38) the relevant legal regulations for assessment in your local area

39) the assessment traditions in your local context

40) the specialist terminology related to language assessment

41) different language proficiency frameworks (e.g., the Common European Framework of Reference [CEFR], American Council on the Teaching of Foreign Languages [ACTFL])

42) different stages of language proficiency

43) different types of purposes for language assessment purposes (e.g., proficiency, achievement, diagnostic)

44) different forms of alternative assessments (e.g., portfolio assessment)

45) your own beliefs/attitudes towards language assessment

46) how your own beliefs/attitudes might influence one’s assessment practices

47) how your own beliefs/attitudes may conflict with those of other groups involved in assessment

48) how your own knowledge of language assessment might be further developed

49) using statistics to analyse the difficulty of individual items (questions) or tasks

50) using statistics to analyse overall scores on a particular assessment

51) using statistics to analyse the quality of individual items (questions)/tasks

52) using techniques other than statistics (e.g., questionnaires, interviews, analysis of language) to get information about the quality of a language assessment

53) using rating scales to score speaking or writing performances

54) using specifications to develop items (questions) and tasks

55) scoring closed-response questions (e.g. Multiple Choice Questions)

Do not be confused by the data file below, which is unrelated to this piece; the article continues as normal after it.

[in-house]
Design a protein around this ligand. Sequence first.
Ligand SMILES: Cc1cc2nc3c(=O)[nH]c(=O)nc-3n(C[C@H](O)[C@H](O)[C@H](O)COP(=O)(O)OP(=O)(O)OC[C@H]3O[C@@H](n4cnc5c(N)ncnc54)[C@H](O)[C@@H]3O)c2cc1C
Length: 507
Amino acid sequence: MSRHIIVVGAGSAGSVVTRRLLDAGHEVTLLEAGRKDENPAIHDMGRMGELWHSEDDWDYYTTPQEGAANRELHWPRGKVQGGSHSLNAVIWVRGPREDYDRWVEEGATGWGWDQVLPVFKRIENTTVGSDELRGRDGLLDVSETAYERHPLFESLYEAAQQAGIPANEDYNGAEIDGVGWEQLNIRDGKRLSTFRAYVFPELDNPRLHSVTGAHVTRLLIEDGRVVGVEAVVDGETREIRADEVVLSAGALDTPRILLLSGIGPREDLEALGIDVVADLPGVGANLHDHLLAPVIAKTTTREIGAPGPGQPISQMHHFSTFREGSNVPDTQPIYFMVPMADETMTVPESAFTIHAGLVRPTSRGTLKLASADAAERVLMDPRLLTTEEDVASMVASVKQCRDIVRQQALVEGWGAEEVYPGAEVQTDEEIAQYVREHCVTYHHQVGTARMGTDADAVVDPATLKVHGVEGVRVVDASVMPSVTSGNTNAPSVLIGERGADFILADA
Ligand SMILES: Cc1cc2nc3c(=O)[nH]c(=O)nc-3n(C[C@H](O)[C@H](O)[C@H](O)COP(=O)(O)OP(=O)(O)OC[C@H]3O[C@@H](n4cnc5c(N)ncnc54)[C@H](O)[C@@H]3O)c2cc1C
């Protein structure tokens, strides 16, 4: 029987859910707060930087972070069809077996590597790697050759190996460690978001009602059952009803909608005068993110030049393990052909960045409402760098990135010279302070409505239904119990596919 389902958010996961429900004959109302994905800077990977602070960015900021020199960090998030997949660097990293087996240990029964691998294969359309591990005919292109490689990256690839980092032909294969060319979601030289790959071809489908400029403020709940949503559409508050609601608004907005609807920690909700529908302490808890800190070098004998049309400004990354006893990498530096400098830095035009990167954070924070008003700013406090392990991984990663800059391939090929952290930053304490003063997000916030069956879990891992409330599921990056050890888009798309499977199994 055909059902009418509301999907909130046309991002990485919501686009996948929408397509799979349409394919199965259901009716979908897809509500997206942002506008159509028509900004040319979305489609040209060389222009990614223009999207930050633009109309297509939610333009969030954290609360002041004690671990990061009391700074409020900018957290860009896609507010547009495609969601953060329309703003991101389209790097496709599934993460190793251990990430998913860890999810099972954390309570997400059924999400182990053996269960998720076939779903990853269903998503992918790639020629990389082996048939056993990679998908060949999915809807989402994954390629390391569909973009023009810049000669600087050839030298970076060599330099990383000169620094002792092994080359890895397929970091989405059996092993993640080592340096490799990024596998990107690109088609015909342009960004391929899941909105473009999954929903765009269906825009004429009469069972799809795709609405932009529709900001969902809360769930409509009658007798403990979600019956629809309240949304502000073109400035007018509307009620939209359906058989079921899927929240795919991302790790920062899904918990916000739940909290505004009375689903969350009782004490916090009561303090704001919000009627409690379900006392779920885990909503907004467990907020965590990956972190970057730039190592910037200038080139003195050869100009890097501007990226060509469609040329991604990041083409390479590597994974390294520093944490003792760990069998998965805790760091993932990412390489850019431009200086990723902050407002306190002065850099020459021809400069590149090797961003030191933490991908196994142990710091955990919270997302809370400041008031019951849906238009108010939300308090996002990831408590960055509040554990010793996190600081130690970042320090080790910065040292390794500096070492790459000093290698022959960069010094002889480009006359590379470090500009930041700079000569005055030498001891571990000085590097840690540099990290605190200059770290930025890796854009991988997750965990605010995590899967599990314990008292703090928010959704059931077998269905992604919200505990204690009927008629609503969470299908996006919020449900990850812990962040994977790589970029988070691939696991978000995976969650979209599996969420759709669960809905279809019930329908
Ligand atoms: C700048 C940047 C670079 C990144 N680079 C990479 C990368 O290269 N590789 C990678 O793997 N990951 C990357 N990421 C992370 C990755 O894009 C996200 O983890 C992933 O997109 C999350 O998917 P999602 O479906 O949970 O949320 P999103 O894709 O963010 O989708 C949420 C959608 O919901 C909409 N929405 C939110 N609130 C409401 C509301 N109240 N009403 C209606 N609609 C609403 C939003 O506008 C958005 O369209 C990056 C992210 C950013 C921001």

56) scoring open-ended questions (e.g. short answer questions)

57) developing portfolio-based assessments

58) developing specifications (overall plans) for language assessments

59) selecting appropriate rating scales (rubrics)

60) selecting appropriate items or tasks for a particular assessment purpose

61) training others to use rating scales (rubrics) appropriately

62) training others to write good quality items (questions) or tasks for language assessments

63) writing good quality items (questions) or tasks for language assessments

64) aligning tests to proficiency frameworks (e.g., the Common European Framework of Reference [CEFR], American Council on the Teaching of Foreign Languages [ACTFL])

65) determining pass-fail marks or cut-scores

66) identifying assessment bias

67) accommodating candidates with disabilities or other learning impairments

68) designing scoring keys and rating scales (rubrics) for assessment tasks

69) making decisions about what aspects of language to assess

70) piloting/trying-out assessments before their administration

71) selecting appropriate ready-made assessments

Background

The initial idea for the survey was to empirically validate the suggested language assessment literacy levels provided in Taylor (2013). Our first version was a simple survey which explored stakeholders’ views of their own LAL needs, and the LAL needs of other stakeholders. The results of this first survey are described in the presentation below (given at the EALTA 2015 conference in Copenhagen).

http://www.ealta.eu.org/conference/2015/presentations/Friday/Friday%20room%2023.0.50/KremmelHarding.pdf

Following that presentation, we decided that a more expansive survey would be required, with multiple items targeting each hypothesised dimension of LAL. The second version of the survey went through multiple iterations (including two stages of expert review and pre-testing). Part of that process is described in the presentation below (given at the CRELLA 2016 summer seminar).

https://www.beds.ac.uk/__data/assets/pdf_file/0008/509264/Luke-Harding-CRELLA-7-July-2016.pdf

The survey was refined further throughout 2016 and 2017, and officially launched in May 2017. The Initial results from the first large-scale administration of the survey will be presented at LTRC in Bogotá in July 2017.